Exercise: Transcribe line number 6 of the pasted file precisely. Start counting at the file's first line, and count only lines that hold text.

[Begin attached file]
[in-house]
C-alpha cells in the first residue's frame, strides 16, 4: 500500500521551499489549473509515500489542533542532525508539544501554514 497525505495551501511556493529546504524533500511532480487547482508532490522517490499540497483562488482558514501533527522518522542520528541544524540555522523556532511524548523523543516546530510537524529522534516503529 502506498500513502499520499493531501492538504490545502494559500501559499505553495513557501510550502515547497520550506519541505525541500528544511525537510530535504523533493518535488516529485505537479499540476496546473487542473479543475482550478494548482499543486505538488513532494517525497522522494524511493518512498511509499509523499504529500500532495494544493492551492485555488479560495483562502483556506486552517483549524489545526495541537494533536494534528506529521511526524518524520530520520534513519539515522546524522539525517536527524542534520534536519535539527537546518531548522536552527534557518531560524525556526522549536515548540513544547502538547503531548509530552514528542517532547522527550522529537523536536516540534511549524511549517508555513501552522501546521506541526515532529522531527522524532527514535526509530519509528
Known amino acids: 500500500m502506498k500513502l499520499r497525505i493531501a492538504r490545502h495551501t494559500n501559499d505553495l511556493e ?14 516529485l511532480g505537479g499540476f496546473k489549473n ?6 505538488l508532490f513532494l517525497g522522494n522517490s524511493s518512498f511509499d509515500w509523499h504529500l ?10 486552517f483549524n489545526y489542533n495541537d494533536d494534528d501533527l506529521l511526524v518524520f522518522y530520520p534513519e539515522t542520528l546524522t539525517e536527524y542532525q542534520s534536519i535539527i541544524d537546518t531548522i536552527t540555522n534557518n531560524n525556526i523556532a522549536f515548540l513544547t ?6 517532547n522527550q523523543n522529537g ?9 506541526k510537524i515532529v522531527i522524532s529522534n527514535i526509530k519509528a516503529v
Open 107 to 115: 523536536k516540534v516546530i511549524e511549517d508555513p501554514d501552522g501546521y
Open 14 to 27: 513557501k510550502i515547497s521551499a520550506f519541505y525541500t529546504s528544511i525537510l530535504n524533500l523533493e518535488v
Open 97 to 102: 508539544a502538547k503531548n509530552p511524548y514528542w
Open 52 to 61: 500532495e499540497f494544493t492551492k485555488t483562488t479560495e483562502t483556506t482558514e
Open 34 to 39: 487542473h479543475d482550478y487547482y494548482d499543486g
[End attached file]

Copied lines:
Open 97 to 102: 508539544a502538547k503531548n509530552p511524548y514528542w